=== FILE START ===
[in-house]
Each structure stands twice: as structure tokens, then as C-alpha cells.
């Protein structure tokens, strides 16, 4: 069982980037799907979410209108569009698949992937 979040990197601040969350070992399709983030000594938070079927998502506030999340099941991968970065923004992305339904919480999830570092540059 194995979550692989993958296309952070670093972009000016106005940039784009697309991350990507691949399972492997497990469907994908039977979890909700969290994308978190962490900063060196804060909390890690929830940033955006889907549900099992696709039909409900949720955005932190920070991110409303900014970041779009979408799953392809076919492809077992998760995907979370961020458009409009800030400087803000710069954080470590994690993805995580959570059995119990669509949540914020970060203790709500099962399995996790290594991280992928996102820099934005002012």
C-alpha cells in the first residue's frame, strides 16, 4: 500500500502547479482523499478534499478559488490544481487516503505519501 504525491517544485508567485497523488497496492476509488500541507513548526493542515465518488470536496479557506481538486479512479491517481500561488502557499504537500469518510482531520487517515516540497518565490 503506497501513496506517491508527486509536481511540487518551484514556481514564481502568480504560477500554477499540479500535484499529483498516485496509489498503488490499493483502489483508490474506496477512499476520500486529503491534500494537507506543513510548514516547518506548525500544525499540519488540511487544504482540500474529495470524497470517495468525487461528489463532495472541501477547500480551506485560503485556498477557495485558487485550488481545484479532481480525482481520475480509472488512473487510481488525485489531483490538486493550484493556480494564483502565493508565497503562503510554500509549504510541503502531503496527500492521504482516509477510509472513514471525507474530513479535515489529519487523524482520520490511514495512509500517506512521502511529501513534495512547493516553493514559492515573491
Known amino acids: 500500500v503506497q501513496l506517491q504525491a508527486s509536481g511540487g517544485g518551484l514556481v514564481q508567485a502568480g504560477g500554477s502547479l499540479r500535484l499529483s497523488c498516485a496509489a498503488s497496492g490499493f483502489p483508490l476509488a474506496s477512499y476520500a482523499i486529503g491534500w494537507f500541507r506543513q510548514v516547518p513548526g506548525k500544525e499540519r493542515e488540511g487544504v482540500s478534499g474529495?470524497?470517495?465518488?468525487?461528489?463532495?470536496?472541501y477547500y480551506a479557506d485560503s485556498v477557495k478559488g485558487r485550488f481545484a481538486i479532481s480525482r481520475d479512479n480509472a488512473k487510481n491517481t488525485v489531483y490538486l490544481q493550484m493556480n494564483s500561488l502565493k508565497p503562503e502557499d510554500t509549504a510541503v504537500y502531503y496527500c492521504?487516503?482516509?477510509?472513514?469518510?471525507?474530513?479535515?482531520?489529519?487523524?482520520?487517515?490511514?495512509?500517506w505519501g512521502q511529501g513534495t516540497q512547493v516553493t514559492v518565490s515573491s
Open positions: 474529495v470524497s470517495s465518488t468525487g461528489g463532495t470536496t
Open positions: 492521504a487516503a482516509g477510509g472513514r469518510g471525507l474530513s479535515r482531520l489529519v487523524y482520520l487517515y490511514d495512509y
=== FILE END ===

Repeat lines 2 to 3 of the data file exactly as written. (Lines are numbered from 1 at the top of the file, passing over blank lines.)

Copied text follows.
Each structure stands twice: as structure tokens, then as C-alpha cells.
């Protein structure tokens, strides 16, 4: 069982980037799907979410209108569009698949992937 979040990197601040969350070992399709983030000594938070079927998502506030999340099941991968970065923004992305339904919480999830570092540059 194995979550692989993958296309952070670093972009000016106005940039784009697309991350990507691949399972492997497990469907994908039977979890909700969290994308978190962490900063060196804060909390890690929830940033955006889907549900099992696709039909409900949720955005932190920070991110409303900014970041779009979408799953392809076919492809077992998760995907979370961020458009409009800030400087803000710069954080470590994690993805995580959570059995119990669509949540914020970060203790709500099962399995996790290594991280992928996102820099934005002012």